5. The transmitter of claim 1 wherein said optical channel monitor comprises an optical spectrum analyzer.
6. In a WDM communication system, a method for transmitting comprising:
generating a plurality of optical signals on a plurality of WDM channels using a corresponding plurality of lasers;
multiplexing said plurality of optical signals onto a single fiber to form a composite WDM signal;
monitoring said composite WDM signal to determine wavelengths of said plurality of lasers;
controlling transmission wavelengths of said plurality of lasers to match wavelengths of said optical signals to desired WDM channel positions; and
blocking further transmission of said composite WDM signal with a variable optical attenuator when monitoring determines that a wavelength of at least one of said plurality of lasers is outside a desired range.
7. The method of claim 6 further comprising:
splitting off a portion of said composite WDM signal for said monitoring.
8. The method of claim 6 wherein monitoring comprises:
tuning a tunable filter through a spectrum of said WDM signal; and
detecting peaks of said WDM signal based on output of said tunable filter; and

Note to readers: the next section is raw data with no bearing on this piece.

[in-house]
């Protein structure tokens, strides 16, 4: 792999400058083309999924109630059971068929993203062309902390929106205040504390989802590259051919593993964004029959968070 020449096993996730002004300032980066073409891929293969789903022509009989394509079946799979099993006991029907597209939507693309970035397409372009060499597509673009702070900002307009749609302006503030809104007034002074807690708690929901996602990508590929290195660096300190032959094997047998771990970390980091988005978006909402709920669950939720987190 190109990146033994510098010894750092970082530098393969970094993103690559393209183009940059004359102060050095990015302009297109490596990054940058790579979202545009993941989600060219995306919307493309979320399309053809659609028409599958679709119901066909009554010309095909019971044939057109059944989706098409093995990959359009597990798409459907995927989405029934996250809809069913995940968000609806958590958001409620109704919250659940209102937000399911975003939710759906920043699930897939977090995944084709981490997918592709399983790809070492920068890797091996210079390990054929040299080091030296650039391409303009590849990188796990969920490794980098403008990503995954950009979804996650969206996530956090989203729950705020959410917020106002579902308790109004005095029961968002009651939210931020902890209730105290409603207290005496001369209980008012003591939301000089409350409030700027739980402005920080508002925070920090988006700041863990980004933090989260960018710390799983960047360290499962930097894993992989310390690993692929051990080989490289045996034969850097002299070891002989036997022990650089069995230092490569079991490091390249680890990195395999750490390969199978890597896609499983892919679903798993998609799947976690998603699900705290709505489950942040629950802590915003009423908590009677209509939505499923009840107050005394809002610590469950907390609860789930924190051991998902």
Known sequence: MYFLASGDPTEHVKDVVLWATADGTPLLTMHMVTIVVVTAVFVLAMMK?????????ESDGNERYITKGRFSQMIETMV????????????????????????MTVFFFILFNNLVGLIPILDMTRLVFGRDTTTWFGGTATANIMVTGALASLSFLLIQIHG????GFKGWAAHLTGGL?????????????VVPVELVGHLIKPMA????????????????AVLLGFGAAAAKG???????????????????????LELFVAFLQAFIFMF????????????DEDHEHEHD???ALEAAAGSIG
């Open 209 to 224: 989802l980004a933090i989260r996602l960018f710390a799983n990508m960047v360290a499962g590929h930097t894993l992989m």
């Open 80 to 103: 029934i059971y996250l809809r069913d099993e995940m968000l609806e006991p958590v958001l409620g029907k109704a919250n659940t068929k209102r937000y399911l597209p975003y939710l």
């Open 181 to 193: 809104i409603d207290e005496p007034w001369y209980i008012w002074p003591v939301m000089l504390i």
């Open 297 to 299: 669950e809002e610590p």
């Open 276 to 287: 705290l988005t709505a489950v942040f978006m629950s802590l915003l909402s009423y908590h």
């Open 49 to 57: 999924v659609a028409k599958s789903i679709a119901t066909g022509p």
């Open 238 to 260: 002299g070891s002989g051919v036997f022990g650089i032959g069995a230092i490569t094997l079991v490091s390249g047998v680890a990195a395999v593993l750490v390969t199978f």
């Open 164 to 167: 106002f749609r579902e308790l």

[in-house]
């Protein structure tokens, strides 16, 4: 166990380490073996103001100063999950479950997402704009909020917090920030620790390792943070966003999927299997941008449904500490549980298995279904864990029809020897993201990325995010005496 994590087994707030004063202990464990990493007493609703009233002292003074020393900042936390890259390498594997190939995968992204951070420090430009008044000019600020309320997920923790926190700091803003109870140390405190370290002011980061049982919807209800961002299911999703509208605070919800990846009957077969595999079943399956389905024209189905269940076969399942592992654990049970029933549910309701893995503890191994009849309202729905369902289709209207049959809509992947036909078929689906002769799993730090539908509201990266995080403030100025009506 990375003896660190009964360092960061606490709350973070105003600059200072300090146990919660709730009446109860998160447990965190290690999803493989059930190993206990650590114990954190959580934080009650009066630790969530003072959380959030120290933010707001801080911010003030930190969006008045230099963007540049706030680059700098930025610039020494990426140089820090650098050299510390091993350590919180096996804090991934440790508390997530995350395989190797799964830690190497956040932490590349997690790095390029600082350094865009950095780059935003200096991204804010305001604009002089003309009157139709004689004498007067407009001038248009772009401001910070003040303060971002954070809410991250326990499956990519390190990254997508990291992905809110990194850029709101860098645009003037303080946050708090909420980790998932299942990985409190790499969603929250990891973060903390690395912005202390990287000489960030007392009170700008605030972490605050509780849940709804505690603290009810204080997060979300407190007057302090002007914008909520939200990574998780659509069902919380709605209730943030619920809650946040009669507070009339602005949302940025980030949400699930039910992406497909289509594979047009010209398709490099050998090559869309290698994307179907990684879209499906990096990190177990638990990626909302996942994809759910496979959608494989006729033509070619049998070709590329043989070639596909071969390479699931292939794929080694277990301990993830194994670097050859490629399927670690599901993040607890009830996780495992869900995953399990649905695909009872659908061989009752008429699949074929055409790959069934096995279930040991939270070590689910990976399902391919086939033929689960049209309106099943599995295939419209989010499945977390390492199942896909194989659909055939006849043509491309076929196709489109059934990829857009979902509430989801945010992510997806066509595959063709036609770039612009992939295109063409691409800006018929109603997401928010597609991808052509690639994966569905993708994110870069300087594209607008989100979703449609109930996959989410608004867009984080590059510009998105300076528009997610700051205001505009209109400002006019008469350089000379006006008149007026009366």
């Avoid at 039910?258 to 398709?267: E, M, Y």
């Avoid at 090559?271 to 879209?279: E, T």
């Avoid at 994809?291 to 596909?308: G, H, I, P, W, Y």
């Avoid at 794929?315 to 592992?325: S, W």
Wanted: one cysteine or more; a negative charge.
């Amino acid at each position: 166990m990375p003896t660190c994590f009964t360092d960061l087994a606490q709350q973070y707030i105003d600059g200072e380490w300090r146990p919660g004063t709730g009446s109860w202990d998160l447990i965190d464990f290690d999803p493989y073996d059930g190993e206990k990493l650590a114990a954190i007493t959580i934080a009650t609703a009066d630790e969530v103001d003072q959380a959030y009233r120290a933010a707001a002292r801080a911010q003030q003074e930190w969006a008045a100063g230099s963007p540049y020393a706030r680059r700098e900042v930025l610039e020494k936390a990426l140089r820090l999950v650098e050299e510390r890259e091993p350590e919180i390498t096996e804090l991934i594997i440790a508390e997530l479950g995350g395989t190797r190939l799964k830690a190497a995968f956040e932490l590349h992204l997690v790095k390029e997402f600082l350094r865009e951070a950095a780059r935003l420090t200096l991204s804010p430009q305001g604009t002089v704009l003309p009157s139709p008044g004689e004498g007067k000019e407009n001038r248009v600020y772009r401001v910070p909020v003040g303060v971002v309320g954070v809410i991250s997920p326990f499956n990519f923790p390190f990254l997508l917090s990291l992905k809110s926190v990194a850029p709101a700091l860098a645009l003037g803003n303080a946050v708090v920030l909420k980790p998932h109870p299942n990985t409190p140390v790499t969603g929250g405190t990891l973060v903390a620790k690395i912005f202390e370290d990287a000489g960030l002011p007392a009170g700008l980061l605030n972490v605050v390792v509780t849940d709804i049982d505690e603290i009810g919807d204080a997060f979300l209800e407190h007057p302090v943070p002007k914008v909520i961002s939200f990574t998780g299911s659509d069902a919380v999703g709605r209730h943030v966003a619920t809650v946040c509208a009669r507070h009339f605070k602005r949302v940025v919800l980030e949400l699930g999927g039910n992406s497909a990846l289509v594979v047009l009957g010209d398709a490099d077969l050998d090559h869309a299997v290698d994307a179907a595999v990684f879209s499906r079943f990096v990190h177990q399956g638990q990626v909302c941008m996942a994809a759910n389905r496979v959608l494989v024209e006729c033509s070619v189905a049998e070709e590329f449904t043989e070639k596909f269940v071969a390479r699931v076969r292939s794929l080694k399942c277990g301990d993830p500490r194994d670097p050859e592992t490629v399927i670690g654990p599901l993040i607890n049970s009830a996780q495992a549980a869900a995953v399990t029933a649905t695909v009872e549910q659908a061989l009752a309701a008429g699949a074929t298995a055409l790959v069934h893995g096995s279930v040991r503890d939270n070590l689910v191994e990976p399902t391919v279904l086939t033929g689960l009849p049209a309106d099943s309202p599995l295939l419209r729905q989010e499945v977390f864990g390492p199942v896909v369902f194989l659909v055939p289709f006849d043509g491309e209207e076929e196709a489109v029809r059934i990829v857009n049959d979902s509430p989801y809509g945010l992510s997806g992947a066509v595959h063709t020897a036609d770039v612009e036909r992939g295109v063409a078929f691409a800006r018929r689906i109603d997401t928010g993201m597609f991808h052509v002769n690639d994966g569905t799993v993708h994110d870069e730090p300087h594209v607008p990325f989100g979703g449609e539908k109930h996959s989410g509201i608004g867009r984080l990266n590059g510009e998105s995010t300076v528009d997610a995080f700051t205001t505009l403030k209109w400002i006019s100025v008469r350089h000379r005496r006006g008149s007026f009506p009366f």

determining wavelengths of said lasers at positions of said peaks.
9. The method of claim 6 wherein monitoring comprises:
employing an arrayed waveguide grating to output a plurality of monitor signals each indicative of composite WDM signal strength at a particular spectral position.
10. The method of claim 6 wherein monitoring comprises:
employing an optical spectrum analyzer.
11. In a WDM communication system, apparatus for transmitting comprising:
means for generating a plurality or optical signals on a corresponding plurality of WDM channels;
means for multiplexing said plurality of optical signals onto a single fiber to form a composite WDM signal;
means for monitoring said composite WDM signal to determine wavelengths of said plurality of optical signals;
means for controlling transmission wavelengths of said plurality of optical signals to match wavelengths of said optical signals to desired WDM channel positions; and
a variable optical attenuator for blocking further transmission of said composite WDM signal when monitoring determines that a wavelength of at least one of said plurality of lasers is outside a desired range.
12. The apparatus of claim 11 further comprising:
means for splitting off a portion of said composite WDM signal for input to said monitoring means.
13. The apparatus of claim 11 wherein said monitoring means comprises:
a tunable filter that is tuned through a spectrum of said WDM signal; and
means for detecting peaks of said WDM signal based on output of said tunable filter, and
means for determining wavelengths of said lasers at positions of said peaks.